An impressionistic, feature-length portrait of Harry Dean Stanton by Sophie Huber that refuses from the off to play out as a regular film biography, with voices matched to imagery that may or may not be relevant to what is being said and just occasionally has the air of footage that was grabbed on the move. When Stanton does appear, he does so in monochrome to sing us a song, the first of many such musical interludes that respond to his regret that he did not pursue a musical career. Segments of a more revealing interview conducted on the back seat of a moving car intermittently put in an appearance, and as the film progresses, the experimentation settles down a little to include chats with friends and colleagues such as Kris Kristofferson, Deborah Harry, Sam Shepherd, David Lynch and even Lucky co-writer Logan Sparks in his role as Stanton's assistant, as well as footage of Stanton hanging out in his favourite bar, whose owner he has been friends with for 42 years. Unconventional the film may be, but there is a wealth of interesting material in here, including recollections from Stanton of the two years he lived with Jack Nicholson ("never boring"), the news that a woman he fell for ended up with Tom Cruise instead (ouch), and how he and Bob Dylan disrupted the filming of Pat Garrett and Billy the Kid by jogging through the background of a shot that then had to be re-filmed the following day. Watch Lucky first and you might be as surprised as I was to hear snippets of dialogue from the film delivered here as conversation, which adds to the biographical feel of the main feature.

Lucky sings at a fiesta

John Carroll Lynch Interview (13:51)
Actor and director John Carroll Lynch reveals how he landed the job of helming his first movie, tells an amusing story about his first meeting with Stanton and outlines the process of getting him to commit to the film, and describes him as "one of the coolest people I've ever met." He confirms that the character of Lucky is in some ways who screenwriters Logan Sparks and Drago Sumonja think Stanton is, praises Tim Suhrstedt's cinematography, and reveals how important Stanton was as a focus point for his own approach to acting.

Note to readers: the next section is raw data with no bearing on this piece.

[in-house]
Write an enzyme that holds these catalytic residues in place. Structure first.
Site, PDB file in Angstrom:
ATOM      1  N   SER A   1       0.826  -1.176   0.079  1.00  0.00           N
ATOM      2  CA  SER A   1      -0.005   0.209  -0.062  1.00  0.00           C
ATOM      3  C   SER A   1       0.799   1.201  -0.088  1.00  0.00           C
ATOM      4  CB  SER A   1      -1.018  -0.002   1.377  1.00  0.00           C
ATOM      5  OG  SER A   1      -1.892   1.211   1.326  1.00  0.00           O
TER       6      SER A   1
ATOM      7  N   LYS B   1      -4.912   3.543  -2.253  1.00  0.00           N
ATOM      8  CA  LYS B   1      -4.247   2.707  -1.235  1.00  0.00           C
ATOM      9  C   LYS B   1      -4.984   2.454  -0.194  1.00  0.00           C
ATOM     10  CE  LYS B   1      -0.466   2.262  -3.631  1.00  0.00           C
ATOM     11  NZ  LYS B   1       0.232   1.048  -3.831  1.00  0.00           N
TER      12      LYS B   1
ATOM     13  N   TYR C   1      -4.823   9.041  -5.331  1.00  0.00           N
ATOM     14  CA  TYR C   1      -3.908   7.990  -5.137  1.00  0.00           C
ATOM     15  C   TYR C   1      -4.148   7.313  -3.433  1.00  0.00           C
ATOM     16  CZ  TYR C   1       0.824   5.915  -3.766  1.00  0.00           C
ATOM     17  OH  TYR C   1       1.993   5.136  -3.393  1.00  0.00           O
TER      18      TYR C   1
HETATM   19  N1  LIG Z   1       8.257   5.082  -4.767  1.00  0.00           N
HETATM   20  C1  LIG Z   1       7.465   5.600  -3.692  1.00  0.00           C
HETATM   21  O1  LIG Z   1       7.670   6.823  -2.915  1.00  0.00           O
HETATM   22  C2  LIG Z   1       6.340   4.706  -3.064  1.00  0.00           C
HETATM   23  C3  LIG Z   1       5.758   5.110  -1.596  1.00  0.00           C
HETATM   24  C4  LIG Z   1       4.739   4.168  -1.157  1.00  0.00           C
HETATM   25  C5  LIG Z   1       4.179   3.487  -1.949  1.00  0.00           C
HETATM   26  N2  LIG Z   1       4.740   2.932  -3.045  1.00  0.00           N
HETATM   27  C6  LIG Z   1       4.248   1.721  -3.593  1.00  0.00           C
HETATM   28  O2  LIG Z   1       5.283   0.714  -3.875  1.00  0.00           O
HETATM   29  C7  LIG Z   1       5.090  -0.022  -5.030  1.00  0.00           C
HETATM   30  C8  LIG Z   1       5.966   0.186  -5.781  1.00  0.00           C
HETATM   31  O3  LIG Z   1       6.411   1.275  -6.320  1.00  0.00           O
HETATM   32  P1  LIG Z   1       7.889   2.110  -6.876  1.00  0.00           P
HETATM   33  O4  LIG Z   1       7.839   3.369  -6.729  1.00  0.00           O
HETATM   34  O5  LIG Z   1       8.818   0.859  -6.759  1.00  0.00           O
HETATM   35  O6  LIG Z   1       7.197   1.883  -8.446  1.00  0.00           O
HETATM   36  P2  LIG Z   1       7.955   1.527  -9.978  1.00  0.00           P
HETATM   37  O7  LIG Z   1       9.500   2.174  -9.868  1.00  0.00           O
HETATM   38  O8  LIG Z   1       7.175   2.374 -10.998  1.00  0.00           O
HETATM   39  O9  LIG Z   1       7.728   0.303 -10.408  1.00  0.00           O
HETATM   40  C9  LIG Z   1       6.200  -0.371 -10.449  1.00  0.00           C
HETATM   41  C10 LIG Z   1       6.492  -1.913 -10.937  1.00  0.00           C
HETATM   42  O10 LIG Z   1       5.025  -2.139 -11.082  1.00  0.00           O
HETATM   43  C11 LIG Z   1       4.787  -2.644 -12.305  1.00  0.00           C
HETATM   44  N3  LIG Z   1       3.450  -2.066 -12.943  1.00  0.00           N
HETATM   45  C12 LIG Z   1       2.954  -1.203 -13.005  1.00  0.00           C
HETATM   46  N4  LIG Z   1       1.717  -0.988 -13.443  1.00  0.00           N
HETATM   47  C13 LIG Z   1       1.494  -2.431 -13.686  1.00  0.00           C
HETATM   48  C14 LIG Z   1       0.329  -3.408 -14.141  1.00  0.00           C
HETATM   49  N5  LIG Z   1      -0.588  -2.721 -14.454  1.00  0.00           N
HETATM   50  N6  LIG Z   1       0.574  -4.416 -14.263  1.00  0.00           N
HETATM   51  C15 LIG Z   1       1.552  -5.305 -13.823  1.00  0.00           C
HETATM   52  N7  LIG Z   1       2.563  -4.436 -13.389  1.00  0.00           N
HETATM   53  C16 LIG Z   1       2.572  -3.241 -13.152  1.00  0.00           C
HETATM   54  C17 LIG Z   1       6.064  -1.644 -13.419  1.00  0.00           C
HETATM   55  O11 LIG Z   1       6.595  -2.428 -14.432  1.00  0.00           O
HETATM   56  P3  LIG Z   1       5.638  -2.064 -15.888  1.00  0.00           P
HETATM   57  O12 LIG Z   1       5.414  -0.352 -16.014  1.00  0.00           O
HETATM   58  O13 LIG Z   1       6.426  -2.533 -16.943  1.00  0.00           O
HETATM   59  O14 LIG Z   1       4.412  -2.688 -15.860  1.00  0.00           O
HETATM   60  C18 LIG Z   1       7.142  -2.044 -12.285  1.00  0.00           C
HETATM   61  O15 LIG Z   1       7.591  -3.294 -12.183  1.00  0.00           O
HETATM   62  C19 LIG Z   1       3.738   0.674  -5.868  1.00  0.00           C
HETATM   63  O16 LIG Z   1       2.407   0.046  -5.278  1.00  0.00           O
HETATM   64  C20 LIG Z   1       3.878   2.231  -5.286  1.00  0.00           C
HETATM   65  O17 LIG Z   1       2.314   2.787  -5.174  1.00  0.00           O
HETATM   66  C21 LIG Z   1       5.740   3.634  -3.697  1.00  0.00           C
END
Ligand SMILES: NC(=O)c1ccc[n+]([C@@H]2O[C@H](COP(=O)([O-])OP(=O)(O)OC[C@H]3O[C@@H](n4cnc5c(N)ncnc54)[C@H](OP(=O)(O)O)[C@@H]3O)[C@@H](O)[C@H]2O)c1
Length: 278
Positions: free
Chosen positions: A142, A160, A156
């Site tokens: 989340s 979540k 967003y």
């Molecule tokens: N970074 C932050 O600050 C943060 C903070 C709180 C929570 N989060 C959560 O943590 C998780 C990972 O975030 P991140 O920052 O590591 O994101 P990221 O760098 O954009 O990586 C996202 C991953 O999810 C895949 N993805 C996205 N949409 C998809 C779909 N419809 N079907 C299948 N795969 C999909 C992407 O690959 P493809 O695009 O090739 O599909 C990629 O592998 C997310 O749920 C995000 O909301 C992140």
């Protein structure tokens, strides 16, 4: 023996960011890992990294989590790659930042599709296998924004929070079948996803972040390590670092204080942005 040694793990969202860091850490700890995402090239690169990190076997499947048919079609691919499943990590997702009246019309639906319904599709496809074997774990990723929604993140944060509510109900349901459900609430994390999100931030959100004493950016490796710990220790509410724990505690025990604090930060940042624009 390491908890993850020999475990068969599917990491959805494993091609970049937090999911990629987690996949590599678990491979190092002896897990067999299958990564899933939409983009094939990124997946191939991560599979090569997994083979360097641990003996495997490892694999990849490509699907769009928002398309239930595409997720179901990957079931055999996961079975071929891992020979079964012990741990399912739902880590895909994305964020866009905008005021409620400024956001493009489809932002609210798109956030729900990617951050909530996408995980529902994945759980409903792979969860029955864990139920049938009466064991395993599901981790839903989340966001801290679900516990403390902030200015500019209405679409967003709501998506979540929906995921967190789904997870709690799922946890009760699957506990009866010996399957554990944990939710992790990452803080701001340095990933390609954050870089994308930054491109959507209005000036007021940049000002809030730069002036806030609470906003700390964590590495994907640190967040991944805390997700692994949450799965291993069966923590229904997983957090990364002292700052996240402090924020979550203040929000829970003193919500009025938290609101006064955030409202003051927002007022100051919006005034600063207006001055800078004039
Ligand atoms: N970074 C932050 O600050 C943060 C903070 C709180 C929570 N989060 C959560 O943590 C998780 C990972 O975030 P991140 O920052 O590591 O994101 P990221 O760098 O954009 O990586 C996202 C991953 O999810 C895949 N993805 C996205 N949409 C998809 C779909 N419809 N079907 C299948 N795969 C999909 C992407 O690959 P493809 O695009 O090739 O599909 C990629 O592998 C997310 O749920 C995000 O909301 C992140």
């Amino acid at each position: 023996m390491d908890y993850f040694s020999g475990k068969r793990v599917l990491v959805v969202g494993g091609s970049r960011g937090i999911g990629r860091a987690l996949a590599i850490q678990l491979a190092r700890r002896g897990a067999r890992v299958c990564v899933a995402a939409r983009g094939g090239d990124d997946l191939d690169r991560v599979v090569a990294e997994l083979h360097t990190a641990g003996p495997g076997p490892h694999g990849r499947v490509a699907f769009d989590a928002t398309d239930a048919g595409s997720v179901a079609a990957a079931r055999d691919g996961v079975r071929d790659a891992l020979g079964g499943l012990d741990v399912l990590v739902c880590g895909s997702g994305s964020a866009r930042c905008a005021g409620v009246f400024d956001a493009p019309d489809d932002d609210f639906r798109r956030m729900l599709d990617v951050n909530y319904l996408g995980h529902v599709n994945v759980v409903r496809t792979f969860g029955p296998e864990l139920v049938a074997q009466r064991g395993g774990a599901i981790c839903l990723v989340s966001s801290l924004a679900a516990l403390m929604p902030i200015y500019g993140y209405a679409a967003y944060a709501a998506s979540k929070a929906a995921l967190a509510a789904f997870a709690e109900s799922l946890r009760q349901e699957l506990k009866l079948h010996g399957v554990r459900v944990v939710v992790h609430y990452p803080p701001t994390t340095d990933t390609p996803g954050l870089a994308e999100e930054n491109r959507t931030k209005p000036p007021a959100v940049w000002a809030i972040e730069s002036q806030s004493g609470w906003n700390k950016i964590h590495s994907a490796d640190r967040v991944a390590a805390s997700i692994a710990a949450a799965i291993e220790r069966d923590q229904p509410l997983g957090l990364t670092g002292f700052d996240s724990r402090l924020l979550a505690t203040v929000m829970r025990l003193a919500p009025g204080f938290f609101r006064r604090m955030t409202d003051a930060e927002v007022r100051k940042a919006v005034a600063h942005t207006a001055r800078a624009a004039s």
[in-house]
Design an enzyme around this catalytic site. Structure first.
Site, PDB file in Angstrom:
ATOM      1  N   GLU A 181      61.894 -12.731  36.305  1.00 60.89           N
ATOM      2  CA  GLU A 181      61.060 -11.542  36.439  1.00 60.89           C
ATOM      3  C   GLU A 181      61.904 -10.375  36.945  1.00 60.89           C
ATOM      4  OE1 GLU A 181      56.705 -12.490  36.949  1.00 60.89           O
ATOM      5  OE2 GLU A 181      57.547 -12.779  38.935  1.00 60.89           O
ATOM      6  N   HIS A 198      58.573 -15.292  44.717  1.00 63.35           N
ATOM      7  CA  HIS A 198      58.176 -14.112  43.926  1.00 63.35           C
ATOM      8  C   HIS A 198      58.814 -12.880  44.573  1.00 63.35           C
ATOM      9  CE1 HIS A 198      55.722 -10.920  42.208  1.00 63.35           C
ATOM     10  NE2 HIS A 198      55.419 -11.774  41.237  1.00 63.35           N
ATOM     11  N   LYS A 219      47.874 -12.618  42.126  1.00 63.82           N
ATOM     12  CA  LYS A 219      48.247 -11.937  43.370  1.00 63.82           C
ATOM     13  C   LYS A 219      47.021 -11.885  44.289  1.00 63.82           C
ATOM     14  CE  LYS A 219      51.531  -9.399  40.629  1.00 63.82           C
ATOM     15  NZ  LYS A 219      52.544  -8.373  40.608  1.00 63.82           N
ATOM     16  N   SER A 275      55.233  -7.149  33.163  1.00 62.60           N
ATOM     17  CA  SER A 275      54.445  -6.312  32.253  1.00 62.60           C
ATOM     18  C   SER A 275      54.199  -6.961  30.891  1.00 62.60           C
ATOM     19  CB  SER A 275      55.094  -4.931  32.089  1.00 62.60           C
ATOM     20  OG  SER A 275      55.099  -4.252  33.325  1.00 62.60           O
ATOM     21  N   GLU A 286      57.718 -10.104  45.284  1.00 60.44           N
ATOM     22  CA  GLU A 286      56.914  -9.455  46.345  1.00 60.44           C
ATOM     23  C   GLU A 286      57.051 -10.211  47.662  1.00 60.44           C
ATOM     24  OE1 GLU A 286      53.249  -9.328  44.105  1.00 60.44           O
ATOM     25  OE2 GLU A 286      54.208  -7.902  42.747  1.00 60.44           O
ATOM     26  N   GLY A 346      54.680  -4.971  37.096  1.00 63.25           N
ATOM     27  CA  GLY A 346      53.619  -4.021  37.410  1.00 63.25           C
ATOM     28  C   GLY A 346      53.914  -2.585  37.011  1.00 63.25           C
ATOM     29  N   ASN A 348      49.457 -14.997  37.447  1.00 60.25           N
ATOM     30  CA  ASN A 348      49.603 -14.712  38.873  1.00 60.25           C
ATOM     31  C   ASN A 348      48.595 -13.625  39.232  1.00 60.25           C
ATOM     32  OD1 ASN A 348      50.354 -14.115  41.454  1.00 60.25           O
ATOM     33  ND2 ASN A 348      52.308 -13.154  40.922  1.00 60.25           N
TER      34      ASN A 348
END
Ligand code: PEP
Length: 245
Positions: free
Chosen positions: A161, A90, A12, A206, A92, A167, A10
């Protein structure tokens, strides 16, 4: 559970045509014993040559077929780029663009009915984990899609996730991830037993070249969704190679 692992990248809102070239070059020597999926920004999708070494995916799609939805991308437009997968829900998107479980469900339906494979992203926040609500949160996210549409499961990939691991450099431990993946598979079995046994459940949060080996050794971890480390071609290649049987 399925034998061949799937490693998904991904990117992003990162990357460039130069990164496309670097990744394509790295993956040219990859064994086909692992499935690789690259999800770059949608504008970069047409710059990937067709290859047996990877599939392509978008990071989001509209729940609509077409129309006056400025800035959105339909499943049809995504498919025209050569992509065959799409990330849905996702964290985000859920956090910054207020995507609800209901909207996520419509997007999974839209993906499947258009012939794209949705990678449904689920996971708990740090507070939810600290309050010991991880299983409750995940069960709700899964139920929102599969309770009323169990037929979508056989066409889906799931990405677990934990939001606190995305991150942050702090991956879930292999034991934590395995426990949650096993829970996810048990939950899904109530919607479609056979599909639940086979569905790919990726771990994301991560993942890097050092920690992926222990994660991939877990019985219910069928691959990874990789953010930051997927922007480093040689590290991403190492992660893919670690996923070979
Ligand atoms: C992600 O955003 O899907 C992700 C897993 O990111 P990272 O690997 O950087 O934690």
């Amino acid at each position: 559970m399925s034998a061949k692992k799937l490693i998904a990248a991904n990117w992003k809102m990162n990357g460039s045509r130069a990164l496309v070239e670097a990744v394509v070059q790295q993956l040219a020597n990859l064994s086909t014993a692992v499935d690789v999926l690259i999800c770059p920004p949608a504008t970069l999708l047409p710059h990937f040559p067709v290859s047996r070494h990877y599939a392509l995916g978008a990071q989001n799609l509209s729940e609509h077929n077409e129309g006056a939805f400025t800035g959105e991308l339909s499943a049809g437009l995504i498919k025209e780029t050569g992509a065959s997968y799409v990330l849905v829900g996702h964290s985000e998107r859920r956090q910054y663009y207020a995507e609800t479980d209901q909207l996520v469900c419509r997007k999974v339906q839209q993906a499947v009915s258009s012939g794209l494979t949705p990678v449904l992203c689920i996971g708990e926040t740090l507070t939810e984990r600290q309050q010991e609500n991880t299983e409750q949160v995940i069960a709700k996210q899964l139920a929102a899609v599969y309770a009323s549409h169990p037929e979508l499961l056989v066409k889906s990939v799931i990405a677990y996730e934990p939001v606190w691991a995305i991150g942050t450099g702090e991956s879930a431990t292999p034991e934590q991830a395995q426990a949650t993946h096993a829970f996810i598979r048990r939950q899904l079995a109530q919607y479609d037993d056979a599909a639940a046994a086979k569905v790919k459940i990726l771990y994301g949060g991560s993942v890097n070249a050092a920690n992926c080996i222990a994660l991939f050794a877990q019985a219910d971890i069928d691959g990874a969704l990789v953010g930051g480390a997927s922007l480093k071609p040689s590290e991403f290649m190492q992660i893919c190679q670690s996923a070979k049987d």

Logan Sparks & Drago Sumonja Interview (27:25)
Screenwriters Logan Sparks and Drago Sumonja – more the former than the latter – talk about the inception and development of the script, how spending time with Stanton would recharge them when they hit a block with his character, how John Carroll Lynch's direction took many of its cues directly from the screenplay, that the suggestion that they get David Lynch to play Howard came from Stanton himself, and a whole lot more. They also make it clear that had Stanton not agreed to do the film that it wouldn't have been made, but amused the hell out of me by suggesting that their backup plan was to wait 30 years and offer it to John Hawkes.

summary

How refreshing it is to encounter a small-scale modern independent American movie with such heart and such an attention to character detail. Some will doubtless find it a pleasant but unexceptional experience, and to them I say give it another look and relish it how much Stanton, Carroll, Sparks and Sumonja and their collaborators say to us without shouting or sentimentality or the need to hammer points home. For the performances alone I'd be championing this movie, but there's so much more here, in the thoughtfully structured script, the subtle direction, the relatable themes and even the location. Eureka's Blu-ray release has done the film proud – the transfer is terrific, and while the special features may seem small in number, their quality and substance is high – one of them is a also feature-length movie with its own IMDb page. Now that's value. Highly recommended.

Lucky Blu-ray cover
Lucky

USA 2017
88 mins
directed by
John Carroll Lynch
produced by
Ira Steven Behr
Greg Gilreath
Adam Hendricks
Richard Kahan
John H. Lang
Logan Sparks
Drago Sumonja
written by
Logan Sparks
Drago Sumonja
cinematography
Tim Suhrstedt
editing
Robert Gajic
music
Elvis Kuehn
production design
Fatima Beck
Almitra Corey
starring
Harry Dean Stanton
David Lynch
Ron Livingston
Ed Begley Jr.
Tom Skerritt
Barry Shabaka Henley
James Darren
Beth Grant
Yvonne Huff
Hugo Armstrong
Bertila Damas

disc details
region B
video
2.40:1
sound
LPCM 2.0 stereo
DTS-HD Master Audio 5.1 surround
languages
English
subtitles
English SDH
extras
Harry Dean Stanton: Partly Fiction documentary
John Carroll Lynch interview
Logan Sparks & Drago Sumonja interview

distributor
Eureka Entertainment
release date
12 November 2018
review posted
14 November 2018

See all of Slarek's reviews